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Luke Lafitte and Stephanie Cleghorn in \"Flesh World\"

Changing the Narrative

Can Flesh World be approached in terms of conventional theater? Playwright Thomas Riccio writes that his group, Dead White Zombies, wants to change such notions. With video. Plus ticket giveaway.



published Friday, June 1, 2012

We are all Dead White Zombies. We are all wandering around this world in a time of tectonic planetary upheaval. Around us culture lay in the death throes of originality, all that is left is the remix, a mashing, rehashing, or trashing of what once was. We are like ghost, dead, still walking around, playing out the spent scenario of white (aka western) culture. The theatre, like the larger culture, is caught in a feedback loop, a cycle of Baudrilardian simulation and simulacrum, echoing, repeating, and reformulating what once was. Like a doddering old person picking through the shards of a half remembered life. We are at the end of one cultural cycle, exhausted, economically (the death of capitalism), politically (the end of nation states) and environmentally (the end of resource exploitation). Change is an ordeal and a necessity. Adapt or die. It is no longer about the surface changes; it is now about a fundamental questioning of the underlying concepts and principles that guide our system and perceptions—the narratives. Everything is being challenged and questioned, what worked in the past—be it newspapers, conventional warfare, our interaction with technology, the concept of marriage—all of it is questioned, changing. 

Dead White Zombies is a group of malcontent artists interested in exploring the alternative possibilities, the potential of performance. Theatre is only one of many forms of performance expression, and language is only one vernacular among many that DWZ applies. DWZ questions and plays with the forms and conventions of theatre along with visual, performance and media art, installation, ritual, consumer behaviors, and therapy, among others. Its efforts are hybrid, post-disciplinary and exploratory much like the world is now. The expression seeks the form it needs, whatever and from wherever. The form of presentation is shaped to the necessity of content.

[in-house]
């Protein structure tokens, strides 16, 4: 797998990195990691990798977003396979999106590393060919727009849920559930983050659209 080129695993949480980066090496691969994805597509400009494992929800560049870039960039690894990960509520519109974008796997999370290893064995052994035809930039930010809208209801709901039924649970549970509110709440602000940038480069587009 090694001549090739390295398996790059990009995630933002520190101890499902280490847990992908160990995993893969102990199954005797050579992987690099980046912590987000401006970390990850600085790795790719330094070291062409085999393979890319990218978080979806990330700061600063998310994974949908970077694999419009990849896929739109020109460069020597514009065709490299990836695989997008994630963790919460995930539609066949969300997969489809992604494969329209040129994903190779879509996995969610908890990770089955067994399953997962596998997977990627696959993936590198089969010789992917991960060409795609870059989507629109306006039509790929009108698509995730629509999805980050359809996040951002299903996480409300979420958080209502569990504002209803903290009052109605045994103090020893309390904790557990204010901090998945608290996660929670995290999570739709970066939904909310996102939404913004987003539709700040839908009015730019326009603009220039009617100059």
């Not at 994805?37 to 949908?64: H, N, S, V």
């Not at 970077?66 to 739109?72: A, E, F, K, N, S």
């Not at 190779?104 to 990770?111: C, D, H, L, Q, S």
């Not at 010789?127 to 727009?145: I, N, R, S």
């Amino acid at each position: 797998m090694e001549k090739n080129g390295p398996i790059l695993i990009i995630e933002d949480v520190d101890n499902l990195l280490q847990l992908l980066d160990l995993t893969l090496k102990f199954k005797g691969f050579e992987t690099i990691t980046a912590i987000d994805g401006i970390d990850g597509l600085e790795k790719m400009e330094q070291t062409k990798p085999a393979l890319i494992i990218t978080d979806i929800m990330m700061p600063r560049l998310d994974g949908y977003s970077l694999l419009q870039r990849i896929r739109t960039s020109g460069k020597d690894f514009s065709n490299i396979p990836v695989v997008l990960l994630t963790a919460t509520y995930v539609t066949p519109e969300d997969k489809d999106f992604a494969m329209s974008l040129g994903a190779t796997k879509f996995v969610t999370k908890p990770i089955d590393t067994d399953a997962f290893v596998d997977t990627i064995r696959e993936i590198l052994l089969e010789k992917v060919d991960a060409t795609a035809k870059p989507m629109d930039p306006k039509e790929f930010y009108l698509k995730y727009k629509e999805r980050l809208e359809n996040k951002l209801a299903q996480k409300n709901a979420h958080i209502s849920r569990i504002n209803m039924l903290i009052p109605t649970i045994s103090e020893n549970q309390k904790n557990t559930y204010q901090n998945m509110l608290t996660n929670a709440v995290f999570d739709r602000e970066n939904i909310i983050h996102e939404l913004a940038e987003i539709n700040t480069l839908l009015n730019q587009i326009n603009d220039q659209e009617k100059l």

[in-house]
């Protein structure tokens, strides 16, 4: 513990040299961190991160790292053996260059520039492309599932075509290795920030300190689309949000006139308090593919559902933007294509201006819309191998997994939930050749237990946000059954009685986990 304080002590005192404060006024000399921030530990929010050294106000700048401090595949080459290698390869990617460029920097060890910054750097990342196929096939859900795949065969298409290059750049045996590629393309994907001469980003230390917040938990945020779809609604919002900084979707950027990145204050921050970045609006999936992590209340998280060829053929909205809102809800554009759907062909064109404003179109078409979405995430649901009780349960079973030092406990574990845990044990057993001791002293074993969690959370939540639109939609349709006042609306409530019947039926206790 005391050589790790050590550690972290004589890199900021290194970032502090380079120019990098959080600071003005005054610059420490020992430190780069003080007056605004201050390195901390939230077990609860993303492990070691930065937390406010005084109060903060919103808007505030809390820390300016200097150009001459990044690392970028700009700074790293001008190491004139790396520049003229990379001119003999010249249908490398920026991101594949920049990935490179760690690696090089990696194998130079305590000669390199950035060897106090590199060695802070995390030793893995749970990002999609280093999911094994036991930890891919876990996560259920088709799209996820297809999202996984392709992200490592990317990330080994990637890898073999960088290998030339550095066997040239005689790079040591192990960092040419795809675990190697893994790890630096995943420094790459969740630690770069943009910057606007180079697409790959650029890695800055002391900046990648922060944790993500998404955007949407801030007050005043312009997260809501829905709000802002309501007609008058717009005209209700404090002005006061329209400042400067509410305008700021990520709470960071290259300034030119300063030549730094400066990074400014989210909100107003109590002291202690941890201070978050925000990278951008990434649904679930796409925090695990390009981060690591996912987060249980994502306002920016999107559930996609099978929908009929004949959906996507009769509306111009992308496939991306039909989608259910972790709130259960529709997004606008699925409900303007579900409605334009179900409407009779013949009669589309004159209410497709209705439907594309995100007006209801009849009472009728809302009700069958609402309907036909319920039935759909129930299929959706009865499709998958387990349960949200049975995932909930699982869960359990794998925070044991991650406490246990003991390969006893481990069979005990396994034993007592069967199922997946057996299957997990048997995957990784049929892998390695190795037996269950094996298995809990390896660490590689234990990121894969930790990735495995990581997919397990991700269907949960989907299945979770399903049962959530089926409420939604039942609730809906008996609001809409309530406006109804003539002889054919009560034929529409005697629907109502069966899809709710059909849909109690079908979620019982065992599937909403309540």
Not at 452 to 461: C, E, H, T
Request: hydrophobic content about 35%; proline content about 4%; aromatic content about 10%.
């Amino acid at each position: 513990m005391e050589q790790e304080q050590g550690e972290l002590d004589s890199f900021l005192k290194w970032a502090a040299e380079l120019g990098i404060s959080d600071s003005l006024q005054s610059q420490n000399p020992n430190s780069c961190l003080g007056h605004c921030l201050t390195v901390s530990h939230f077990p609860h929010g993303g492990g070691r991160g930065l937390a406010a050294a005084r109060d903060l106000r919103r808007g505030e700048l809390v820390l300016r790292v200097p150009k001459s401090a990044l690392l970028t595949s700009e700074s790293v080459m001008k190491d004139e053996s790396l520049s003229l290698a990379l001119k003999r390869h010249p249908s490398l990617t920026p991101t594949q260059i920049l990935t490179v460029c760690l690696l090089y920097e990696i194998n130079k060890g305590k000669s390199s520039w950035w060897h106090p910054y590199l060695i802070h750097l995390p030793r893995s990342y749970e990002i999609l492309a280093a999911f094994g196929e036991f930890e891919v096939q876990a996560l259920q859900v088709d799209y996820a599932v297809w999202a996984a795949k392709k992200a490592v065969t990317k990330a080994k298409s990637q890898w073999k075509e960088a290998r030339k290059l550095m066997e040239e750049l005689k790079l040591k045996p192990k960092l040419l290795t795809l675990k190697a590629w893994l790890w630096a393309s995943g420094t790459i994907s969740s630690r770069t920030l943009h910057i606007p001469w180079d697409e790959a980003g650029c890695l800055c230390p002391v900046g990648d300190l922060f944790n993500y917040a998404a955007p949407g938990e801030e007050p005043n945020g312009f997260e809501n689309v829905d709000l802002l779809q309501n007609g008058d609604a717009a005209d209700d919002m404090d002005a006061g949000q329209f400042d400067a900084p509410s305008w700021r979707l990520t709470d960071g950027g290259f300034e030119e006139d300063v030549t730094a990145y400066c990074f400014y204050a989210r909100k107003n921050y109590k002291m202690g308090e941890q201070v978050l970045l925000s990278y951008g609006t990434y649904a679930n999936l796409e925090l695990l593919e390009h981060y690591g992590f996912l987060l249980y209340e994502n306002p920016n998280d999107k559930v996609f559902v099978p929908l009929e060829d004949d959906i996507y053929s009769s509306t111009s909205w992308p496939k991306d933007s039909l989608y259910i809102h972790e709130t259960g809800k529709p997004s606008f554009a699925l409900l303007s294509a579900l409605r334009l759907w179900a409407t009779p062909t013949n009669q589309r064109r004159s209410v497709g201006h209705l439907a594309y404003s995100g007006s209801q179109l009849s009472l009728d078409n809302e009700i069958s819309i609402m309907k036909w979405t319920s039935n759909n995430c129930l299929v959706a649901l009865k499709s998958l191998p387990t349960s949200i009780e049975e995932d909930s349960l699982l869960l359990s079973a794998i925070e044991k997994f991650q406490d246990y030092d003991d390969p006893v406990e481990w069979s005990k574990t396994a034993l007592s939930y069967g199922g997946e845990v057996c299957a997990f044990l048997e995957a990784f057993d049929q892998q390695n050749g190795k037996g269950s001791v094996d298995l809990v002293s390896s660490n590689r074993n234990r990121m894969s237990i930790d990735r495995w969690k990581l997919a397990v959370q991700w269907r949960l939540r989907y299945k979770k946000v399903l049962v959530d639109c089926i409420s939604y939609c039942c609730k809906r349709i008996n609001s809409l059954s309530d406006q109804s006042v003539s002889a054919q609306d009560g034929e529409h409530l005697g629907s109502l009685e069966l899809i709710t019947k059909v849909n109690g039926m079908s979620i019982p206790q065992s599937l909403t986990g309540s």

DWZ's latest work, Flesh World, is an immersion installation. It is not theatre, although it uses the vernacular of theatre. The Flesh World project immerses a limited audience in a narrative. The narrative that shapes and guides the event is the 36,000 square foot former welding shop in West Dallas where it is presented. Flesh World was shaped to the space—the space shaped Flesh World. The narrative of K-Low who leads us through the space, is only one component of many; it is the space she travels through that is the narrative. Rather than giving primacy to the language-based narrative and the forms of theatrical convention, the performance gives primacy to the site and the audience's experience as they move through the space. Character, language and those aspects of traditional narrative serve as elements of a composited totality, it is not what focuses and drives the event. The space shapes and contains several simultaneous and parallel narratives. 

Why is this? Firstly it is an experiment, an exploration, DWZ is dedicated to experimentation not in the creation of product that suits expectations and satisfies and comforts those seeking reaffirmations and reiterations of narrative conventions. The idea of an immersion, whereby the audience moves through a site is inspired by the assertion that we are active participants and interpreters of a constantly unfolding reality that we walk through daily. We are moving participants in a forest of stimuli, a multiplicity of impressions, symbols, language, environments, relationships, sounds, and atmospheres. We composite and make sense of reality as an ongoing process. In life we pick up fragments and put together our day more like a mosaic. 

The convention implicit in theatre is that humans primarily experience and organize the world through language-conveyed narratives—a notion straight out of the 17th century when Descartes posited that the mind (articulated by language) organizes and tells the body what is important and meaningful. A philosophical construct created by a religious fanatic that has contorted, and shaped western thought and in so doing constricted, the ability to live fully in and of the world. Think back a the most significant events of your life, your first kiss, first love, a moment of triumph or disappointment, they have nothing to do with language or the mind, they were experienced, you recall the atmosphere, the objects, music, sounds, touch, location, the emotions that aggregated around it—life is experiential, narratives are something we put on stimuli to order the world. Psychology is one of the many narratives we subscribe to, making sense of our world, and before psychology (the default narrative overlay of theatre) there was myth. We live in an overlay of overlapping narratives, personal, religious, political, social, you name it, and they are everywhere.